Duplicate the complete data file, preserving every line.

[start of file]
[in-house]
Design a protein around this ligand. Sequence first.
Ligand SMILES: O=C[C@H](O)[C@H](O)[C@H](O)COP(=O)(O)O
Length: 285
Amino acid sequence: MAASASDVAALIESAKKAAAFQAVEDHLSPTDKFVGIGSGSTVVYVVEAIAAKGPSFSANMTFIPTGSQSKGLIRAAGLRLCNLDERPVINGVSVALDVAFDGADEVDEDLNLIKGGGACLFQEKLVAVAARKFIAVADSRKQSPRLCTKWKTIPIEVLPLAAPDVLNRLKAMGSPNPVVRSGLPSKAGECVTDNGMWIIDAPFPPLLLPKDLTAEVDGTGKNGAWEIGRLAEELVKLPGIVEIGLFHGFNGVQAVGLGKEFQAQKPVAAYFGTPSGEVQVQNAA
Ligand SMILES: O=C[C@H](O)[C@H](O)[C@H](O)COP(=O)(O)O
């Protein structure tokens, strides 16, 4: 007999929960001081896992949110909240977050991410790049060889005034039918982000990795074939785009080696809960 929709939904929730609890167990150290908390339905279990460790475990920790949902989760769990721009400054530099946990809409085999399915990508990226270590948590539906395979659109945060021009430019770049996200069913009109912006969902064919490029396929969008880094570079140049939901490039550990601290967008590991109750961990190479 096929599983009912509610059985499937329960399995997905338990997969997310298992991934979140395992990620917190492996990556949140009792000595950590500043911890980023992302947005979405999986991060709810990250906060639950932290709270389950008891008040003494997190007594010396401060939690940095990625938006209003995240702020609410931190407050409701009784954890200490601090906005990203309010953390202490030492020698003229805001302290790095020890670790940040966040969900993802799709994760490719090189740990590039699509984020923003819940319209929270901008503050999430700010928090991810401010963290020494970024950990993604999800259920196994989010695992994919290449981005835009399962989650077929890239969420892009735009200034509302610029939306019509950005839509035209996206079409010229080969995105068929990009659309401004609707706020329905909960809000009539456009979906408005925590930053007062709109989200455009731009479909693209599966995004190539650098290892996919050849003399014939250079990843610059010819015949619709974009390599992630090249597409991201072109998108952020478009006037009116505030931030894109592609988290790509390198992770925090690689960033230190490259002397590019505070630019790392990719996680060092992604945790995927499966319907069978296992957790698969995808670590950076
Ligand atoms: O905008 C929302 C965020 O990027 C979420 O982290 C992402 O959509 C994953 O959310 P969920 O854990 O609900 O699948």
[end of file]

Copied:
[in-house]
Design a protein around this ligand. Sequence first.
Ligand SMILES: O=C[C@H](O)[C@H](O)[C@H](O)COP(=O)(O)O
Length: 285
Amino acid sequence: MAASASDVAALIESAKKAAAFQAVEDHLSPTDKFVGIGSGSTVVYVVEAIAAKGPSFSANMTFIPTGSQSKGLIRAAGLRLCNLDERPVINGVSVALDVAFDGADEVDEDLNLIKGGGACLFQEKLVAVAARKFIAVADSRKQSPRLCTKWKTIPIEVLPLAAPDVLNRLKAMGSPNPVVRSGLPSKAGECVTDNGMWIIDAPFPPLLLPKDLTAEVDGTGKNGAWEIGRLAEELVKLPGIVEIGLFHGFNGVQAVGLGKEFQAQKPVAAYFGTPSGEVQVQNAA
Ligand SMILES: O=C[C@H](O)[C@H](O)[C@H](O)COP(=O)(O)O
């Protein structure tokens, strides 16, 4: 007999929960001081896992949110909240977050991410790049060889005034039918982000990795074939785009080696809960 929709939904929730609890167990150290908390339905279990460790475990920790949902989760769990721009400054530099946990809409085999399915990508990226270590948590539906395979659109945060021009430019770049996200069913009109912006969902064919490029396929969008880094570079140049939901490039550990601290967008590991109750961990190479 096929599983009912509610059985499937329960399995997905338990997969997310298992991934979140395992990620917190492996990556949140009792000595950590500043911890980023992302947005979405999986991060709810990250906060639950932290709270389950008891008040003494997190007594010396401060939690940095990625938006209003995240702020609410931190407050409701009784954890200490601090906005990203309010953390202490030492020698003229805001302290790095020890670790940040966040969900993802799709994760490719090189740990590039699509984020923003819940319209929270901008503050999430700010928090991810401010963290020494970024950990993604999800259920196994989010695992994919290449981005835009399962989650077929890239969420892009735009200034509302610029939306019509950005839509035209996206079409010229080969995105068929990009659309401004609707706020329905909960809000009539456009979906408005925590930053007062709109989200455009731009479909693209599966995004190539650098290892996919050849003399014939250079990843610059010819015949619709974009390599992630090249597409991201072109998108952020478009006037009116505030931030894109592609988290790509390198992770925090690689960033230190490259002397590019505070630019790392990719996680060092992604945790995927499966319907069978296992957790698969995808670590950076
Ligand atoms: O905008 C929302 C965020 O990027 C979420 O982290 C992402 O959509 C994953 O959310 P969920 O854990 O609900 O699948």